Colours and shapes
Purple, brown, green, flaming, sometimes a leopard print and always a full, beautifully marked lip - there’s lots going on with Zygopetalum. What makes this orchid eye-catching is that at first glance it appears to be two different flowers. The crown consists of five brown and green petals which can be either pointy or round. Emerging from this is a luxuriant lip, usually white and purple. In the jungle it offers excellent camouflage, but in the living room it actually stands out even more.
The name is derived from the ancient Greek word ‘zygon’, which means yoke and refers to the two protruding petals. In Greek mythology Zygo is the ‘firstborn river’ from which all other rivers sprang. The rivulet pattern (also known as the delta) on the orchid’s lip refers to this. Ever since it was introduced in its cultivated form in 1880, the plant has symbolised ‘a spiritual connection between people who belong together’, just like the various petals and lip belong together.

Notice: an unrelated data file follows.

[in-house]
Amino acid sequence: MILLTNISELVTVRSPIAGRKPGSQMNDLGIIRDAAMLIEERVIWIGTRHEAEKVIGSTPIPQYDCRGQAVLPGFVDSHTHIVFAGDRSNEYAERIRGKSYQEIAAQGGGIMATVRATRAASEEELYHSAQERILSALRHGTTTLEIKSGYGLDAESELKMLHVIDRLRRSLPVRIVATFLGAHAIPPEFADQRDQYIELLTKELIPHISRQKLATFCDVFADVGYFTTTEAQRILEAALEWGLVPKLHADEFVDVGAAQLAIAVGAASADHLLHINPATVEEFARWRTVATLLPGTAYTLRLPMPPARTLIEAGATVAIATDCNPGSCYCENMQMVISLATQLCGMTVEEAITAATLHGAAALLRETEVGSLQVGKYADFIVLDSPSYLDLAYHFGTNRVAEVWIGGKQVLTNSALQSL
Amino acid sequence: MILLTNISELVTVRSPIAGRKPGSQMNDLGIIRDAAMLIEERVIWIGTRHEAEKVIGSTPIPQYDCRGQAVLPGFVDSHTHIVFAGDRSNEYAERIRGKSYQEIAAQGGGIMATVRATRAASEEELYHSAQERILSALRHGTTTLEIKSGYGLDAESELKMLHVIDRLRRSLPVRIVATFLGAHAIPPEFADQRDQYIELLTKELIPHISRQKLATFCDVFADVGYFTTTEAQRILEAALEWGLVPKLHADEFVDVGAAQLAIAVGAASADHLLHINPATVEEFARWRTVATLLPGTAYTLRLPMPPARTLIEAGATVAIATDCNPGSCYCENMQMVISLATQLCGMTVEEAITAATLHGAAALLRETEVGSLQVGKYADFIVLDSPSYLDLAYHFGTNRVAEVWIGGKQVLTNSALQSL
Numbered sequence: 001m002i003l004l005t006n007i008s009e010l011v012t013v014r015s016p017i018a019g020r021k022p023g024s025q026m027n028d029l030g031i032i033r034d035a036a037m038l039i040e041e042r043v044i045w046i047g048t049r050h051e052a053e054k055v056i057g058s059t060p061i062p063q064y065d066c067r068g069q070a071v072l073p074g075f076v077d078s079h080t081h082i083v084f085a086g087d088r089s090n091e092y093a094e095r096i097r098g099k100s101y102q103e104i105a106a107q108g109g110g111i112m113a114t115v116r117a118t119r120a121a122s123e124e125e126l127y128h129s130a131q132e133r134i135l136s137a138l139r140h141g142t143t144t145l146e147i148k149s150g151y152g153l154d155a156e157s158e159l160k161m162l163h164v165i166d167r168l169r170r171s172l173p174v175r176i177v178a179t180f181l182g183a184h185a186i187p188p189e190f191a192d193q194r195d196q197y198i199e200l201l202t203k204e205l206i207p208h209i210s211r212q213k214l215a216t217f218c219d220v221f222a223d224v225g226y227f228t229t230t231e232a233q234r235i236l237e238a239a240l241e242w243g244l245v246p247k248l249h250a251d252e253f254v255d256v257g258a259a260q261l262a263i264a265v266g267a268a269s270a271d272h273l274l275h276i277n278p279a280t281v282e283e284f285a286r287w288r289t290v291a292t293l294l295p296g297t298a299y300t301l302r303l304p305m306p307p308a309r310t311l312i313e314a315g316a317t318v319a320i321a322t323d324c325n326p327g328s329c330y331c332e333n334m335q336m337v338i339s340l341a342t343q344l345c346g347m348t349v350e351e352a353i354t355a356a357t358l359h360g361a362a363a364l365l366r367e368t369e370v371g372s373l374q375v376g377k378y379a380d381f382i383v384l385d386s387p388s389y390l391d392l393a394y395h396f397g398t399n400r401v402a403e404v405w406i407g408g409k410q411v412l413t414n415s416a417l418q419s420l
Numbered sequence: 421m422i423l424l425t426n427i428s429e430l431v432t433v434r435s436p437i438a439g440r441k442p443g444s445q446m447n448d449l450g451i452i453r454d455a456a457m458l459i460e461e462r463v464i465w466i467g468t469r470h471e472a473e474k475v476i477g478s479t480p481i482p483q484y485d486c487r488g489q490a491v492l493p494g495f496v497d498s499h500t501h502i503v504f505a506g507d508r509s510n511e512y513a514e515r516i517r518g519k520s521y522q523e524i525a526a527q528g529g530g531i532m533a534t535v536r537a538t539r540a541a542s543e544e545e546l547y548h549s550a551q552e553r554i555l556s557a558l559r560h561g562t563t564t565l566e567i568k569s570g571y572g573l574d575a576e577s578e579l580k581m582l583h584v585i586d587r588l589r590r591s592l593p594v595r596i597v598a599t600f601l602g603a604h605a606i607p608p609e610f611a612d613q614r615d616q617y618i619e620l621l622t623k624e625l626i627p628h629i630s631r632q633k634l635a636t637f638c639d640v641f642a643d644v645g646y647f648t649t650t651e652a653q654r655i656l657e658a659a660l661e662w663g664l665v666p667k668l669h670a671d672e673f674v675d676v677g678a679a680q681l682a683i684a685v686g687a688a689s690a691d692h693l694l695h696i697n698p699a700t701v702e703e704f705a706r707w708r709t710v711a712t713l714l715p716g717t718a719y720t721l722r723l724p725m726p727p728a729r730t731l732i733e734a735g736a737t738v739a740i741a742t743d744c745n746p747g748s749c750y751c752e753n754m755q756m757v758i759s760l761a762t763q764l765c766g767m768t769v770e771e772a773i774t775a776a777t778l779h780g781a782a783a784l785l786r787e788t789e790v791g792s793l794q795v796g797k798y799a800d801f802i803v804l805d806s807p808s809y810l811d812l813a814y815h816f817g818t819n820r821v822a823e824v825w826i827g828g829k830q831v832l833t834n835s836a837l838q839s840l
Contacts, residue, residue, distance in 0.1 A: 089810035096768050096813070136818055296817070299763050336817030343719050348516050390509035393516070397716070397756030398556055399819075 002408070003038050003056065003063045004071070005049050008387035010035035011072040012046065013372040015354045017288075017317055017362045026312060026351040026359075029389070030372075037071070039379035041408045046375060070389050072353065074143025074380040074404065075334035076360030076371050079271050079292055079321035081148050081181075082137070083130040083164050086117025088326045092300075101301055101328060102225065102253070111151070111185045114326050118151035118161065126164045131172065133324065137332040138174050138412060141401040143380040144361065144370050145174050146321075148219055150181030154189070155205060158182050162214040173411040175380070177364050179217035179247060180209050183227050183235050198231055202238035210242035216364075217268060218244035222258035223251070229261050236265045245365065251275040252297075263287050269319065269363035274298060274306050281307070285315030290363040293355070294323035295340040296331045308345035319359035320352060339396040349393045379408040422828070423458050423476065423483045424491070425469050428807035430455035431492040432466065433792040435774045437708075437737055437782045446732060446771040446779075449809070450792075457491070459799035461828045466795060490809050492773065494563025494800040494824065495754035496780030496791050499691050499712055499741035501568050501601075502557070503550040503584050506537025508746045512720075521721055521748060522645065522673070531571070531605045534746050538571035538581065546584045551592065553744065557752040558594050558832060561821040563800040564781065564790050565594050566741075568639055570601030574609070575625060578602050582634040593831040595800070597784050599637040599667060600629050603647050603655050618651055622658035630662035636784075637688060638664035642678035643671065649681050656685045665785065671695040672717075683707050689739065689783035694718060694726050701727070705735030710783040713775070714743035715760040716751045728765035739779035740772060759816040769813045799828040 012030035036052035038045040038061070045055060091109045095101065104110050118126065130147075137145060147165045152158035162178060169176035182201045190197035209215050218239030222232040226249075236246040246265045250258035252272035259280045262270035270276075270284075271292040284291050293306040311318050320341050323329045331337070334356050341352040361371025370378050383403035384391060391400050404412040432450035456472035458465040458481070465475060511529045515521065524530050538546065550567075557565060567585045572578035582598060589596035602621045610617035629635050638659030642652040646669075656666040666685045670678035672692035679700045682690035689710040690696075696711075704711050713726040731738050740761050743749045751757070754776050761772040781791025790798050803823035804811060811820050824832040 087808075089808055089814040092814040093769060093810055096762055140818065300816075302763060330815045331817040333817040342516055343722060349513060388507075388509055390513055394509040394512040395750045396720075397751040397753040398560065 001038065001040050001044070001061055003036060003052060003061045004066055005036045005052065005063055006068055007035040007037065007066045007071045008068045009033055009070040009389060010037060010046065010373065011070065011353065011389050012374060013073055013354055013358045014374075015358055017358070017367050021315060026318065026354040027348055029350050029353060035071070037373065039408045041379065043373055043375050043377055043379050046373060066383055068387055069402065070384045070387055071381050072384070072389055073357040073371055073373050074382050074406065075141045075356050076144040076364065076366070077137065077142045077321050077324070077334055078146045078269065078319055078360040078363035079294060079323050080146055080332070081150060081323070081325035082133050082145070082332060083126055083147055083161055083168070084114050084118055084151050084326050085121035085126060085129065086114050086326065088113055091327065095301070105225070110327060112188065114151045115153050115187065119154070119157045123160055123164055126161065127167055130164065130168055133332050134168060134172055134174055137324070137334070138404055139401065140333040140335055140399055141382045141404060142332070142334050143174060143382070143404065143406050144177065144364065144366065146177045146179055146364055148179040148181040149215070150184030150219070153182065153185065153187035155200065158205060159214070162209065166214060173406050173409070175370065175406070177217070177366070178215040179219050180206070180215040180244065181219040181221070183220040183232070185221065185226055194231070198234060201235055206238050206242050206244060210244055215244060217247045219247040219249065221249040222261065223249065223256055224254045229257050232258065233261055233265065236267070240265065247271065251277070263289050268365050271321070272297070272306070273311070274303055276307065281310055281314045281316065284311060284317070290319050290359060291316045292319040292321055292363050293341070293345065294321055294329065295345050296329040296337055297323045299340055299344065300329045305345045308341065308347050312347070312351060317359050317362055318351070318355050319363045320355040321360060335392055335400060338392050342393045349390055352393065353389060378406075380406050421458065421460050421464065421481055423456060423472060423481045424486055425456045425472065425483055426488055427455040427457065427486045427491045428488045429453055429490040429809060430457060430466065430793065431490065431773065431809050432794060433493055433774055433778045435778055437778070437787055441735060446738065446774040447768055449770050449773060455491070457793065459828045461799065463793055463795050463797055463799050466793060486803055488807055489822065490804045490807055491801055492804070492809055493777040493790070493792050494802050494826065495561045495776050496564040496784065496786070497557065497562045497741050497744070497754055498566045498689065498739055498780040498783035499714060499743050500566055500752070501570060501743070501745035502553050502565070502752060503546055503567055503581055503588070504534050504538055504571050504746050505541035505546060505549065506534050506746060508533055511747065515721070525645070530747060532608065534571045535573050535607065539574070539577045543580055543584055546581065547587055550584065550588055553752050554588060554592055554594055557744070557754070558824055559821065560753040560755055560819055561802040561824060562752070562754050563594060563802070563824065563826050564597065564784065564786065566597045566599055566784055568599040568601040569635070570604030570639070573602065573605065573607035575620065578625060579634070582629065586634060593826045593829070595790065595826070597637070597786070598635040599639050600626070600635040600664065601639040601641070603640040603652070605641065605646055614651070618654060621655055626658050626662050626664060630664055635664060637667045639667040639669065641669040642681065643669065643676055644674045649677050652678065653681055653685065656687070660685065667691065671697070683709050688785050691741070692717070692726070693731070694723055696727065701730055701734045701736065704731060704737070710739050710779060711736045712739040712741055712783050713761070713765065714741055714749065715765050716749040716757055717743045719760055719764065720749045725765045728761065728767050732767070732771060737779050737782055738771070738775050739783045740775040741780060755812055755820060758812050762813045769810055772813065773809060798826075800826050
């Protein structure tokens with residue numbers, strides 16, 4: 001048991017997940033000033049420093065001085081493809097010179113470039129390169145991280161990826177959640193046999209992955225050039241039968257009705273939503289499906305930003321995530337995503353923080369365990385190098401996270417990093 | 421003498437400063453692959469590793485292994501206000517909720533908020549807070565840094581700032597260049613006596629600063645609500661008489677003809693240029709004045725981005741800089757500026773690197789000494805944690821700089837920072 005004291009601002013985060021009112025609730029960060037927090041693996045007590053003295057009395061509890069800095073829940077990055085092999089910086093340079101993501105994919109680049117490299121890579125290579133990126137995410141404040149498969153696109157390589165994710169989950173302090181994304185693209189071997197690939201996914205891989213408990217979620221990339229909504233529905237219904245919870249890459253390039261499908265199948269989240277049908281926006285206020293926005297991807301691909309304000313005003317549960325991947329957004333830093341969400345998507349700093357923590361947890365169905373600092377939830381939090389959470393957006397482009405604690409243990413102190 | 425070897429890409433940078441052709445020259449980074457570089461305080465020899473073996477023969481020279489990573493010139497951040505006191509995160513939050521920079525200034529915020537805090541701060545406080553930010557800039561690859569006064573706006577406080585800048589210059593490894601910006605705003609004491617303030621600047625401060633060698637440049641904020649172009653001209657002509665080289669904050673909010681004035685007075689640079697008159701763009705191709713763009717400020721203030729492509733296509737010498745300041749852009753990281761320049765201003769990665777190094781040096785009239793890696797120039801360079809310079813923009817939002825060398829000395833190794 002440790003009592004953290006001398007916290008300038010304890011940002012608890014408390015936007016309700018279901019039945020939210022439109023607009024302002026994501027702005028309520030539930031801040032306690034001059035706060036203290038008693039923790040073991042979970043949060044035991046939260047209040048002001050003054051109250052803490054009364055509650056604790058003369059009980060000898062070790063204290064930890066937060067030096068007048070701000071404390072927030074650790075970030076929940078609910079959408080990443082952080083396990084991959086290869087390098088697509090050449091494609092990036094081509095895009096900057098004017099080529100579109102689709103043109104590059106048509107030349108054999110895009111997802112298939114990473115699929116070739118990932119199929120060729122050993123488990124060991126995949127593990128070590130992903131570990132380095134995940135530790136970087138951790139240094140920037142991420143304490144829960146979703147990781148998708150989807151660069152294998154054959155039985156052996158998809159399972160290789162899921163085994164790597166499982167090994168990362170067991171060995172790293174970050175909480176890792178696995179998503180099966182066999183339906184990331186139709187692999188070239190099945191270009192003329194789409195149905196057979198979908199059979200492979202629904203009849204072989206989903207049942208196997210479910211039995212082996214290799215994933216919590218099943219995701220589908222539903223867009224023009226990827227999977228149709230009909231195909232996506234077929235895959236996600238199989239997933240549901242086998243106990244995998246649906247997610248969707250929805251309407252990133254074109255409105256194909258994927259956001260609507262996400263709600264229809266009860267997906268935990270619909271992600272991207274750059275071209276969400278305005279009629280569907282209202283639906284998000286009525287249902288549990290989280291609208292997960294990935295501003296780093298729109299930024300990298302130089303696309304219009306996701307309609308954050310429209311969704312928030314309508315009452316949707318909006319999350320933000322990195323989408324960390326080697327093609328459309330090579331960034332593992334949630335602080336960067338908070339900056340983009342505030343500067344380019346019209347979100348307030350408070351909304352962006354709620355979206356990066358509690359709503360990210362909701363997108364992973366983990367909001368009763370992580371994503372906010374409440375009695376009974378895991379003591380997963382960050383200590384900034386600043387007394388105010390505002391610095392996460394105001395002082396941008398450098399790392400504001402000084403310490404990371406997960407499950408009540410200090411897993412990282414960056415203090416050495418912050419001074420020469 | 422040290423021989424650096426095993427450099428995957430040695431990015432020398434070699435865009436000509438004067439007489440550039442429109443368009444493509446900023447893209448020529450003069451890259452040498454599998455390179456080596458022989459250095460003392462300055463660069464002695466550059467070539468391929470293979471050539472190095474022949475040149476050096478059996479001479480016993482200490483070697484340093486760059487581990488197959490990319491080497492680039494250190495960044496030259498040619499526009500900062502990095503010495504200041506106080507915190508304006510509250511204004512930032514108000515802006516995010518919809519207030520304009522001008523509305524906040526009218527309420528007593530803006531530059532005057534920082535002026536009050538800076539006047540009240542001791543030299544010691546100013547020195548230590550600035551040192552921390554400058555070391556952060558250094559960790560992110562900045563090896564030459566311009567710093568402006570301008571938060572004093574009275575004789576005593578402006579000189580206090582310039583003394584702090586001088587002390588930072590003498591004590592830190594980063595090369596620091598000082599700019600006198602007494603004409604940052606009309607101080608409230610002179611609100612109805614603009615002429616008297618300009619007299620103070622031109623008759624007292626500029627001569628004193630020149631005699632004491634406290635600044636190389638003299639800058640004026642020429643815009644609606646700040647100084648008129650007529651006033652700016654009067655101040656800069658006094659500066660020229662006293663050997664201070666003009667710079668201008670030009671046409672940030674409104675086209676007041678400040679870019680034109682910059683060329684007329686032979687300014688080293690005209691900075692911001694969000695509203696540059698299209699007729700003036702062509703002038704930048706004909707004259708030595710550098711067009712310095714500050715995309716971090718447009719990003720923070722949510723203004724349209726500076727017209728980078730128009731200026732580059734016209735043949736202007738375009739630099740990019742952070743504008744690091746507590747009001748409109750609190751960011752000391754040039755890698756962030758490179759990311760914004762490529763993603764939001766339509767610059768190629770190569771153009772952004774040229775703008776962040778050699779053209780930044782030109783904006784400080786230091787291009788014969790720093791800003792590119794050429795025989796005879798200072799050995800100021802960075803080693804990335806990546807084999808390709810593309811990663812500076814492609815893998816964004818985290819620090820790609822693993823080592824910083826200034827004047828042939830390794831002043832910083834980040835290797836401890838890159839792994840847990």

In nature Zygopetalum grows on tree trunks, rocks and amongst leaves on the ground in Brazil, Paraguay and Bolivia. It’s a real jungle native that can take a knock. The flowers are mauve, olive and sometimes almost blue and some species have a sweet fragrance. In the wild Zygopetalum uses this to attract insects, making it an important part of the rainforest biotope. Zygopetalum is one of the smallest orchid families: only 15 species are known, however there are many more Zygopetalum hybrids from which the houseplants come.